Auricular branch of vagus nerve

The auricular branch of the vagus nerve is often termed the Alderman's nerve or Arnold's nerve. The latter name is an eponym for Friedrich Arnold.[1] The auricular branch of the vagus nerve supplies sensory innervation to the skin of the ear canal, tragus, and auricle.

Auricular branch of vagus nerve
Plan of upper portions of glossopharyngeal, vagus, and accessory nerves (auricular labeled at top center)
Fromvagus nerve
LatinRamus auricularis nervi vagi
Anatomical terms of neuroanatomy


It arises from the superior ganglion of the vagus nerve, and is joined soon after its origin by a filament from the petrous ganglion of the glossopharyngeal; it passes behind the internal jugular vein, and enters the mastoid canaliculus on the lateral wall of the jugular fossa.

Traversing the substance of the temporal bone, it crosses the facial canal about 4 mm (0.16 in) above the stylomastoid foramen, and here it gives off an ascending branch which joins the facial nerve.

The nerve reaches the surface by passing through the tympanomastoid fissure between the mastoid process and the tympanic part of the temporal bone, and divides into two branches:

Clinical significance

This nerve may be involved by the glomus jugulare tumour.

Laryngeal cancer can present with pain behind the ear and in the ear - this is a referred pain through the vagus nerve to the nerve of Arnold.

In a small portion of individuals, the auricular nerve is the afferent limb of the Ear-Cough or Arnold Reflex.[2] Physical stimulation of the external acoustic meatus innervated by the auricular nerve elicits a cough, much like the other cough reflexes associated with the vagus nerve. Rarely, on introduction of speculum in the external ear, patients have experienced syncope due to the stimulation of the auricular branch of the vagus nerve.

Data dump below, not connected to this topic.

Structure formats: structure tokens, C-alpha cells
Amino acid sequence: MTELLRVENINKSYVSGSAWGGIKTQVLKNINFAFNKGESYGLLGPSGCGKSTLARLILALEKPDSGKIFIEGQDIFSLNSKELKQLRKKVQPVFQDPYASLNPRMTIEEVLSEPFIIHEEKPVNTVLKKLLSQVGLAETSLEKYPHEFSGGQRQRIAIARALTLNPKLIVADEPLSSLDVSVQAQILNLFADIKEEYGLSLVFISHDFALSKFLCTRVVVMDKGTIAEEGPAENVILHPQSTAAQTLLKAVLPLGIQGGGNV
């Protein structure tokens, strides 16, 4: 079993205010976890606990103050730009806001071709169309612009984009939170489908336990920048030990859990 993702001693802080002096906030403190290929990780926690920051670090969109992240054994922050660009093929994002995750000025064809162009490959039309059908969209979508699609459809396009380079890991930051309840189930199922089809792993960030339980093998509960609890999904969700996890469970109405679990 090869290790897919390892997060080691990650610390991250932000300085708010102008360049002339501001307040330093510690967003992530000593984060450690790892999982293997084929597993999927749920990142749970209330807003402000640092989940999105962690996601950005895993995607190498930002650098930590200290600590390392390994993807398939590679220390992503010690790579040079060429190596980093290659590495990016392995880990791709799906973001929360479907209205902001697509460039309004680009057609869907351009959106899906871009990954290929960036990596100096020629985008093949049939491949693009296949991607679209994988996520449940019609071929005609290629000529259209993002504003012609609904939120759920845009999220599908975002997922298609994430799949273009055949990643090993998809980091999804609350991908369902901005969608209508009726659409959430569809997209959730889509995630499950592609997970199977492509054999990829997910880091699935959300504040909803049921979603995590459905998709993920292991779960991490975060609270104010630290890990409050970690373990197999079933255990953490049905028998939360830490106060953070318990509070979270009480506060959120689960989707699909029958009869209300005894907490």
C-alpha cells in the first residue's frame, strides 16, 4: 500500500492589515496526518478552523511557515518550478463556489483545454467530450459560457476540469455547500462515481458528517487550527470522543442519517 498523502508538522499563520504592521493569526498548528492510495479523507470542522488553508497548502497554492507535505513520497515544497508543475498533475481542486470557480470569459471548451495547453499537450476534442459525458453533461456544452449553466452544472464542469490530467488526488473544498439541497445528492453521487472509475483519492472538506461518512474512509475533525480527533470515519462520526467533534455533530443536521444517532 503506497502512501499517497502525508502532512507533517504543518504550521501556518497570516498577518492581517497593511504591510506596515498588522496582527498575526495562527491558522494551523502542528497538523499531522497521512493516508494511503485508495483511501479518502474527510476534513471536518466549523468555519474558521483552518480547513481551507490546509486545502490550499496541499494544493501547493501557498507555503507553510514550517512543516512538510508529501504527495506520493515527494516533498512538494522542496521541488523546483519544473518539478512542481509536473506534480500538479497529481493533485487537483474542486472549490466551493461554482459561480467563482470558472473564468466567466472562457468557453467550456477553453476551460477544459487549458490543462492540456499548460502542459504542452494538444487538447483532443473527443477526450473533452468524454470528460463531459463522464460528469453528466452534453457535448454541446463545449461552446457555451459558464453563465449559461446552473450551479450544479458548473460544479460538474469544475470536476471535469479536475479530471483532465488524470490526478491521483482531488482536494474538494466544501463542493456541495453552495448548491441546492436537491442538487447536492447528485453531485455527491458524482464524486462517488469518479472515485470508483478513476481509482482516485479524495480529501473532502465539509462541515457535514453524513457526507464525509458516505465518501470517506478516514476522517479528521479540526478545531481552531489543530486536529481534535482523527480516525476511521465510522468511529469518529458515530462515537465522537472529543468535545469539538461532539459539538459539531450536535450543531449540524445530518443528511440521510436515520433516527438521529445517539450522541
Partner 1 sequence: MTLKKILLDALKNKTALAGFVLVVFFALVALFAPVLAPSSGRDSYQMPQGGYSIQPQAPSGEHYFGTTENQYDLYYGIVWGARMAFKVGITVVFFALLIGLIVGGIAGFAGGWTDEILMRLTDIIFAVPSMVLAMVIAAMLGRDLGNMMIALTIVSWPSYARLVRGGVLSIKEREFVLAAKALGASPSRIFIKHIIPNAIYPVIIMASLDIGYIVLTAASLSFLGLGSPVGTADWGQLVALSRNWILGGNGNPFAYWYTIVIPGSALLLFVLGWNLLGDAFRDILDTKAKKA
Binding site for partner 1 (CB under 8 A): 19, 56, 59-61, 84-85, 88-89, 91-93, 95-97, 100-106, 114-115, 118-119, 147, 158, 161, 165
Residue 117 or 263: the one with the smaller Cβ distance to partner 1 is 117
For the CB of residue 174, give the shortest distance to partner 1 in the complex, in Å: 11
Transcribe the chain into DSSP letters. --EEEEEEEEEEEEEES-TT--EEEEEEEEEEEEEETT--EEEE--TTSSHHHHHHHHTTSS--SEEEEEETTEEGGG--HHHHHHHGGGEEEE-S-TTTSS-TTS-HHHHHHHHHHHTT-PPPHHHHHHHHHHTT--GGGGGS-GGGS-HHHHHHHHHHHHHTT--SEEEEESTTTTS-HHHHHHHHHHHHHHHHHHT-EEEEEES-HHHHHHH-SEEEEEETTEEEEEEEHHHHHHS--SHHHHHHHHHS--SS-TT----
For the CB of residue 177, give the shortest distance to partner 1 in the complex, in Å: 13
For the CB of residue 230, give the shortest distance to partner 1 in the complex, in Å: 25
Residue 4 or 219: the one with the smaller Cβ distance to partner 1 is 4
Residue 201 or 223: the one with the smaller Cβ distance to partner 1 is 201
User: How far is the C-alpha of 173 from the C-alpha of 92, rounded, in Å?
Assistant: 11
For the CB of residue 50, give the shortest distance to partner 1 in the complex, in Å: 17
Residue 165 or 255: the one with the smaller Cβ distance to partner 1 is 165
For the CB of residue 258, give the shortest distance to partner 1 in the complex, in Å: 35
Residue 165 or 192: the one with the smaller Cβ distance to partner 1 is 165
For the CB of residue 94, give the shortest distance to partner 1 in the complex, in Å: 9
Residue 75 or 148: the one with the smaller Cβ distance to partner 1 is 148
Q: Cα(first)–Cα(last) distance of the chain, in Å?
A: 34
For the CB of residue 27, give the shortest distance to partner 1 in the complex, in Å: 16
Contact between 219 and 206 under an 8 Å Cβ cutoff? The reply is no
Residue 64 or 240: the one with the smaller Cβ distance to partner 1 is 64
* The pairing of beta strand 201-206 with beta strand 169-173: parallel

Clinical application

This nerve may be stimulated as a diagnostic or therapeutic technique

Transcutaneous vagus nerve stimulation (tVNS) was proposed by Ventureya (2000) for seizures.[3] In 2003 Fallgatter et al. published "Far field potentials from the brain stem after transcutaneous vagus nerve stimulation"[4] and in 2007 Kraus et al. did the first tVNS-fMRI study.[5] In Europe, a device was approved for seizure treatment (NEMOS by CerboMed). Although the transcutaneous method has not been specifically approved in the United States (i.e. off-label) it is legal and being investigated (and found to be effective and safe) for many conditions including:


This article incorporates text in the public domain from page 911 of the 20th edition of Gray's Anatomy (1918)

  1. synd/258 at Who Named It?
  2. Brendan J. Canning, PhD (January 2006). "Anatomy and Neurophysiology of the Cough Reflex". CHEST. Retrieved 2009-03-09.
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  4. Fallgatter AJ, Neuhauser B, Herrmann MJ, Ehlis AC, Wagener A, Scheuerpflug P, Reiners K, Riederer P (December 2003). "Far field potentials from the brain stem after transcutaneous vagus nerve stimulation". Childs Nerv Syst. 110 (12): 1437–43. doi:10.1007/s00702-003-0087-6. PMID 14666414.
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  8. Hein E, Nowak M, Kiess O, Biermann T, Bayerlein K, Kornhuber J, Kraus T (May 2013). "Auricular transcutaneous electrical nerve stimulation in depressed patients: a randomized controlled pilot study". J Neural Transm (Vienna). 120 (5): 821–7. doi:10.1007/s00702-012-0908-6. PMID 23117749.
  9. Aaronson ST, Carpenter LL, Conway CR, Reimherr FW, Lisanby SH, Schwartz TL, Moreno FA, Dunner DL, Lesem MD, Thompson PM, Husain M, Vine CJ, Banov MD, Bernstein LP, Lehman RB, Brannon GE, Keepers GA, O'Reardon JP, Rudolph RL, Bunker M (July 2013). "Vagus nerve stimulation therapy randomized to different amounts of electrical charge for treatment-resistant depression: acute and chronic effects". Brain Stimul. 6 (4): 631–40. doi:10.1016/j.brs.2012.09.013. PMID 23122916.
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